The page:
I’d studied documentary film [at college] and had decided to move to Oakland – Berkley, California – instead of Los Angeles. I had wanted to move to the west coast with the idea that I would be able to do film and video there, but the shock was that there was no really industry there. So I started working at Rasputin’s Records, which is one of the bigger independent music chains on the west coast, and coming with that east coast attitude I was always trying to think of a hustle to try and get going. At that point there wasn’t the YouTube, there was no Vimeo – there was none of that. Electronic Press Kits were becoming the rage, so I was just working there and trying to build with local Bay Area hip-hop guys who were trying to bring out what they were calling ‘the New Bay Movement’, before hyphy and all this other stuff. I was there doing video work and producing small, low-budget videos – filming live shows and inter-cutting that with interview footage. It was a video hustle initially, but there were no outlets for me to get this out to a broader audience.
Then my mother told me she was ill, so at that point I decided to move back to the east coast to be closer. I’m the only one from my whole family born here in the United States – my pops passed away when I was fifteen months old. I felt obligated to move closer to home, but I could never envision moving back to Maine – which is a lovely place to grow-up but as far as what I wanted to do with myself was not the place that I needed to be. So I went to New York city. I became a little bit frustrated with the video process, because you end-up relying on so many people. Trying to get somebody to do the lighting, trying to get somebody to do the audio. My father had been a photographer in his hobby pursuits, and I found these old camera’s that he had – an old Leica and an old Hosselblad – and I put them together and tried applying that film vision to the still photography.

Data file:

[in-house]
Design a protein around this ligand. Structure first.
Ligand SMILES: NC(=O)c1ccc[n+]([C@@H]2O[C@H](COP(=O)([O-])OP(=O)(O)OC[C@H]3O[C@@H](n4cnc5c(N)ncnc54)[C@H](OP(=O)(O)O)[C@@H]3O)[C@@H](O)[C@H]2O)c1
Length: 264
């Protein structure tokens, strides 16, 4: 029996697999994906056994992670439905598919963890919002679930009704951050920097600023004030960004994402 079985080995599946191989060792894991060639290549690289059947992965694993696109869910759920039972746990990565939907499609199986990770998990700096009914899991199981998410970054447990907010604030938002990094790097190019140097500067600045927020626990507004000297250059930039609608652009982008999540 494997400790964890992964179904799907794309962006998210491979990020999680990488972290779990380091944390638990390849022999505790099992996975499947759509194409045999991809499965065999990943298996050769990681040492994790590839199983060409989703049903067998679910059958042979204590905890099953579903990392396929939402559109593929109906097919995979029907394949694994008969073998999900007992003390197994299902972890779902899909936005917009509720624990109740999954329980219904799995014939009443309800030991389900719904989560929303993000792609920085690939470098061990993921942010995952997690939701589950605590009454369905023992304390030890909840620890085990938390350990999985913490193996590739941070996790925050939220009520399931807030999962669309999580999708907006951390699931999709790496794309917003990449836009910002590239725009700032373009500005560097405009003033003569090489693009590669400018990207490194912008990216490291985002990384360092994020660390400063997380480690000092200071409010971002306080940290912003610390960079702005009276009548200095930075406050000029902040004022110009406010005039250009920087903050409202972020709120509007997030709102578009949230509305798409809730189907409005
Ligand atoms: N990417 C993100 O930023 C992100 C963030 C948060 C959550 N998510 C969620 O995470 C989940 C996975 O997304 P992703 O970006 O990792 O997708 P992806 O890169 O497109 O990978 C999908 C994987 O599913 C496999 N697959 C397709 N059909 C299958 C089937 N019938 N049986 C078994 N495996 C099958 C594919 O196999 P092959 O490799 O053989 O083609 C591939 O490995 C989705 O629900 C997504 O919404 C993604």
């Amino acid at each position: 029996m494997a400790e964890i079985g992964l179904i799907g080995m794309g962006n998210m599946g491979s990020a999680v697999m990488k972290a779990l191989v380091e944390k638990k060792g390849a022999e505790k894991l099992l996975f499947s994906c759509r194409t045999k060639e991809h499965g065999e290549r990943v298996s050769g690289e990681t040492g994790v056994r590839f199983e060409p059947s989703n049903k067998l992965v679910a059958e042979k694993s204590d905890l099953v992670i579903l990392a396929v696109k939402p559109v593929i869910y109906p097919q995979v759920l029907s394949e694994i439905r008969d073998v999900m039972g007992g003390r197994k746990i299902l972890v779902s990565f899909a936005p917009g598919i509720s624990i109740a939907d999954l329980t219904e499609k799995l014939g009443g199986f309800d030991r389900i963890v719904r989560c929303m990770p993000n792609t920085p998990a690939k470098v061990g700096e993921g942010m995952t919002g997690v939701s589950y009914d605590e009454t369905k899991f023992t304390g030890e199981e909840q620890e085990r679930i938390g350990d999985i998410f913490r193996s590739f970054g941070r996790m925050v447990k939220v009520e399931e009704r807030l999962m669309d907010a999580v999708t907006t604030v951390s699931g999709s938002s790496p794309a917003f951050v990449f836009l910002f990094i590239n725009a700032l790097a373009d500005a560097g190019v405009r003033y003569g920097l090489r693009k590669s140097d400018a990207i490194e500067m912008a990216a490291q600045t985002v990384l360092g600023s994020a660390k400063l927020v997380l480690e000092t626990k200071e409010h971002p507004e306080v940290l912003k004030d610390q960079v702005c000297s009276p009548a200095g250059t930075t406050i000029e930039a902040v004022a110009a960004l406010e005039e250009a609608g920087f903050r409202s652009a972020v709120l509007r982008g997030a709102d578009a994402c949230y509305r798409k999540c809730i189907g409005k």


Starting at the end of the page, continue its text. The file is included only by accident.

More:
What was the first picture that you sold?
I think they were for Cool ‘Eh magazine. It was a small publication out of New York and some friends of mine were running it, so they gave me the green light for whatever small fraction of amount of money that I was making to go and shoot some pictures. But what really set it off was Hip Hop Connection, they gave me my first major look. Little by little, they gained the confidence in me to go from a small thumbnail to a quarter page to a half page to a whole page. Eventually I shot a couple of covers for them.
My first cover was Pharoahe Monch – him with a silver revolver – after that I did a cover of Ill Bill and after that a cover of Dizzee Rascal and El-P.